Friday, September 10, 2010

This week in nanotechnology - September 10, 2010

Researchers create new self-assembling photovoltaic technology that repairs itself. Plants are good at doing what scientists and engineers have been struggling to do for decades: converting sunlight into stored energy, and doing so reliably day after day, year after year. Now some MIT scientists have succeeded in mimicking a key aspect of that process. Plants constantly break down their light-capturing molecules and reassemble them from scratch, so the basic structures that capture the sun's energy are, in effect, always brand new.

Researchers from ETH Zurich's Institute for Field Theory and High Frequency Electronics have developed new surfaces for radar absorption. Thanks to this multifaceted application, window panes could even double up as solar panels in future. The researchers have devised a new method to produce surfaces that can absorb radar radiation over an extremely broad range.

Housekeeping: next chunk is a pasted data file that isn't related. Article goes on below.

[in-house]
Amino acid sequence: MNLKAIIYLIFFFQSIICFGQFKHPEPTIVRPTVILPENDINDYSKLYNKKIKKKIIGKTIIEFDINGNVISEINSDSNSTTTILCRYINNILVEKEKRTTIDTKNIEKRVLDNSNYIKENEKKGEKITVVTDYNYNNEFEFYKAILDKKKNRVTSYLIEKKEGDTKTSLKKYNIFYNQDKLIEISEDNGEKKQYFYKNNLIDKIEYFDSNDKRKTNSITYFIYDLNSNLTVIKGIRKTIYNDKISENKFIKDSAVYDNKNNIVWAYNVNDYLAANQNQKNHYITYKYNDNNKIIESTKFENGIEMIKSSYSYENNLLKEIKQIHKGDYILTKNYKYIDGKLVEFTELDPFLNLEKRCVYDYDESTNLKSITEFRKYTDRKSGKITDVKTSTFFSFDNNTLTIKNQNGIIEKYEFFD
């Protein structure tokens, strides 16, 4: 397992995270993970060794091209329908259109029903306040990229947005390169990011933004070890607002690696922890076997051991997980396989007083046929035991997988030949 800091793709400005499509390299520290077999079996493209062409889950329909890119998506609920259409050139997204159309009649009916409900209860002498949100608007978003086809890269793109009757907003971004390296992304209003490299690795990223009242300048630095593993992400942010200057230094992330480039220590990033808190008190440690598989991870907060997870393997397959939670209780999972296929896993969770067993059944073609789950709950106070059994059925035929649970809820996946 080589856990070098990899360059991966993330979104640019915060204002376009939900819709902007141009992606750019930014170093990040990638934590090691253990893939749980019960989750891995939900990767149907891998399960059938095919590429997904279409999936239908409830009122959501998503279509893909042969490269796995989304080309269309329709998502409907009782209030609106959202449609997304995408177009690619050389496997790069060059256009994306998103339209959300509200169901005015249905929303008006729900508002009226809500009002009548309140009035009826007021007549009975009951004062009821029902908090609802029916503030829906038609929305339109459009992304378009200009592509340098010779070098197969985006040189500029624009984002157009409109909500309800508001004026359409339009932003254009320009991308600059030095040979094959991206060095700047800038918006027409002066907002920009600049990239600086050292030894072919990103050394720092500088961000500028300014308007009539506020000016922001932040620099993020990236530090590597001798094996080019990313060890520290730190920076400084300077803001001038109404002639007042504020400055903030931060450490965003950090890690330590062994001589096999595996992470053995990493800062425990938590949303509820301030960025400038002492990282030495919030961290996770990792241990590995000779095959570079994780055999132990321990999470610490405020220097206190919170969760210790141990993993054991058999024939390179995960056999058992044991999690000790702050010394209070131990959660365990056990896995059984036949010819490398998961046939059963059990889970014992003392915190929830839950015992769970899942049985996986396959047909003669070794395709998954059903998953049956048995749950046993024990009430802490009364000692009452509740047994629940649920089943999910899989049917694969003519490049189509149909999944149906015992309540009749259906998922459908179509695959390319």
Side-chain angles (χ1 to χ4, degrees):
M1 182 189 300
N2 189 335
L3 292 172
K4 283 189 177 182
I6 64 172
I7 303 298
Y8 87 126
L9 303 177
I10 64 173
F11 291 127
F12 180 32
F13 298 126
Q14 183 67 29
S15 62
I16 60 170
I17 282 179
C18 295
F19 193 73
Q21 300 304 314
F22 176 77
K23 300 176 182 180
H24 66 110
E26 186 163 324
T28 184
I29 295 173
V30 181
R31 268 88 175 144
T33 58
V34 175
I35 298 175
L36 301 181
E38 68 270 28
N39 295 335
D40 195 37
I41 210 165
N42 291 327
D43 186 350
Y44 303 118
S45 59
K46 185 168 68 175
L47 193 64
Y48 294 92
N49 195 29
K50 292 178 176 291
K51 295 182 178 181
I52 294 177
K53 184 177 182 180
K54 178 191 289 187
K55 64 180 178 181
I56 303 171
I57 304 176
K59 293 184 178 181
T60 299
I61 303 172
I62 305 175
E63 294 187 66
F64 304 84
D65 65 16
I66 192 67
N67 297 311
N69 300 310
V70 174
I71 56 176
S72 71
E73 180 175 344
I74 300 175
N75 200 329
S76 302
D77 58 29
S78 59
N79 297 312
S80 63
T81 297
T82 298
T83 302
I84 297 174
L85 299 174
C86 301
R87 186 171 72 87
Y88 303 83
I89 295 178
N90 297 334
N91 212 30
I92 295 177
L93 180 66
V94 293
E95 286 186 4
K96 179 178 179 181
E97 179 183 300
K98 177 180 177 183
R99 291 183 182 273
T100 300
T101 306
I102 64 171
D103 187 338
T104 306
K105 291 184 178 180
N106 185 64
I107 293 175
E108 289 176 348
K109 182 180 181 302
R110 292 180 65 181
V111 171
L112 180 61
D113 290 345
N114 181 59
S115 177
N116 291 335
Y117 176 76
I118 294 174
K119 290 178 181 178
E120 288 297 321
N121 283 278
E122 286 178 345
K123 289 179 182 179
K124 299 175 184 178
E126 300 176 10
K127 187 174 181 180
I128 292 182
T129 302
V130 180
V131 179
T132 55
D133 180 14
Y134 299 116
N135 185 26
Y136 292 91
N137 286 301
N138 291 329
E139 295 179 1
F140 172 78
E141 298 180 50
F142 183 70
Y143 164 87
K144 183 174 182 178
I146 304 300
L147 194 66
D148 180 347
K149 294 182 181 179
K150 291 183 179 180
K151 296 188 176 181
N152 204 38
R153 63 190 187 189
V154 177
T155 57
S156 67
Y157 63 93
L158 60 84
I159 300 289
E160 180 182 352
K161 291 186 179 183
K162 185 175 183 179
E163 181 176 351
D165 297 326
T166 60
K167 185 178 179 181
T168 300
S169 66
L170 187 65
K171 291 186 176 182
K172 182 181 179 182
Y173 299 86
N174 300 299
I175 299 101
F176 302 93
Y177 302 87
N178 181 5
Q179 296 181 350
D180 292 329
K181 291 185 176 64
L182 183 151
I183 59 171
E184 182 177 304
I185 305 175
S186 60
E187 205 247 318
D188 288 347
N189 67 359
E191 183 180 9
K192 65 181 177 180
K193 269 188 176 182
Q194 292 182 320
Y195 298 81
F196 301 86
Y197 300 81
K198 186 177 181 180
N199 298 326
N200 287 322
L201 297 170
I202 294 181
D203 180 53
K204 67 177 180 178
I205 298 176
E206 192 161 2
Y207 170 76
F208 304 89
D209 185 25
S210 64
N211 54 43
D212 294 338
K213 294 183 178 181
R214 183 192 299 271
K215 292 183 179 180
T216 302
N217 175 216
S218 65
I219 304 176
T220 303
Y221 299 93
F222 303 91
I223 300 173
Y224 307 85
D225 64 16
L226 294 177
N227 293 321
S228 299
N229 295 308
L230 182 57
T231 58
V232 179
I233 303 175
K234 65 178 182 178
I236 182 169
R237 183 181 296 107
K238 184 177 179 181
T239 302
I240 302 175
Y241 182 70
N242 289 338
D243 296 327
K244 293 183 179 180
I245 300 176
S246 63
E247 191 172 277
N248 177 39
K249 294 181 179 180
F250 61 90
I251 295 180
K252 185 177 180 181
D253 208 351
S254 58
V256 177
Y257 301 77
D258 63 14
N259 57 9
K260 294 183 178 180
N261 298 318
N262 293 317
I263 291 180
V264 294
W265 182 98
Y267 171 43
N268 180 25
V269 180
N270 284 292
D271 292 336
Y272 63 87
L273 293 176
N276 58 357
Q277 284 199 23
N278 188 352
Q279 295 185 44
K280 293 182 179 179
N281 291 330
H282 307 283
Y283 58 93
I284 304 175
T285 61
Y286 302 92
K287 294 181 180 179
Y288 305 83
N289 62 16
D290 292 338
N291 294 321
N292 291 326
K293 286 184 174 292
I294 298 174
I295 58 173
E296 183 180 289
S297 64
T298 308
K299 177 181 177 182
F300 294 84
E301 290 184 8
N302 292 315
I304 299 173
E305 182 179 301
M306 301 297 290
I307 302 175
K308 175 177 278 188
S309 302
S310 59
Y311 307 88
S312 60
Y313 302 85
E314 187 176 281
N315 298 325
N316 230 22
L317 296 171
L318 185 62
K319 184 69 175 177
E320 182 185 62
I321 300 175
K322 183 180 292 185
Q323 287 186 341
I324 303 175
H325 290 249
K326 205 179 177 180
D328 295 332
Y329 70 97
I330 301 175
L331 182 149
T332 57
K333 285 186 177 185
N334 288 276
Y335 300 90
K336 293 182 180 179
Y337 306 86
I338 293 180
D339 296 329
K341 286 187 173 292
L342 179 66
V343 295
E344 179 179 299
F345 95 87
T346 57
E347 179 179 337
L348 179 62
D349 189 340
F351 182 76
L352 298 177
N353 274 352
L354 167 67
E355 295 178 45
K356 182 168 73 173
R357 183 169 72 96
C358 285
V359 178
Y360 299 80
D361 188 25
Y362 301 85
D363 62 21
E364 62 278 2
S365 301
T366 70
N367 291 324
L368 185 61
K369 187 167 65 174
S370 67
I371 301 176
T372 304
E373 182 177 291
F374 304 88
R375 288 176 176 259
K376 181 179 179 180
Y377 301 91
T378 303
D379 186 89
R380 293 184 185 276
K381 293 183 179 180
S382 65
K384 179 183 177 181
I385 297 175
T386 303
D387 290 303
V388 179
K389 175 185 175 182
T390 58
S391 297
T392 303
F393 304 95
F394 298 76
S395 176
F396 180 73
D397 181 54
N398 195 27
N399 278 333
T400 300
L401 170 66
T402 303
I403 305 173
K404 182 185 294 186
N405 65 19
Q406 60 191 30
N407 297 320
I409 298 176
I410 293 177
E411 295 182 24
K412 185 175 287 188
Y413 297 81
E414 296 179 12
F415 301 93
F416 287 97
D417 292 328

new metamaterials are particularly efficient at absorbing radar radiation through a recurring pattern of copper plates and holes.

The new metamaterials are particularly efficient at absorbing radar radiation through a recurring pattern of copper plates and holes.

A North Carolina State University researcher and colleagues have figured out a way to make an aluminum alloy, or a mixture of aluminum and other elements, just as strong as steel. The aluminum alloys have unique structural elements that, when combined to form a hierarchical structure at several nanoscale levels, make them super-strong and ductile.

Scientists have discovered that electrons in graphene can split up into an unexpected and tantalizing set of energy levels when exposed to extremely low temperatures and extremely high magnetic fields. The new research raises several intriguing questions about the fundamental physics of this exciting material and reveals new effects that may make graphene even more powerful than previously expected for practical applications.

For the first time, a team of MIT chemical engineers has observed single ions marching through a tiny carbon-nanotube channel. Such channels could be used as extremely sensitive detectors or as part of a new water-desalination system. They could also allow scientists to study chemical reactions at the single-molecule level.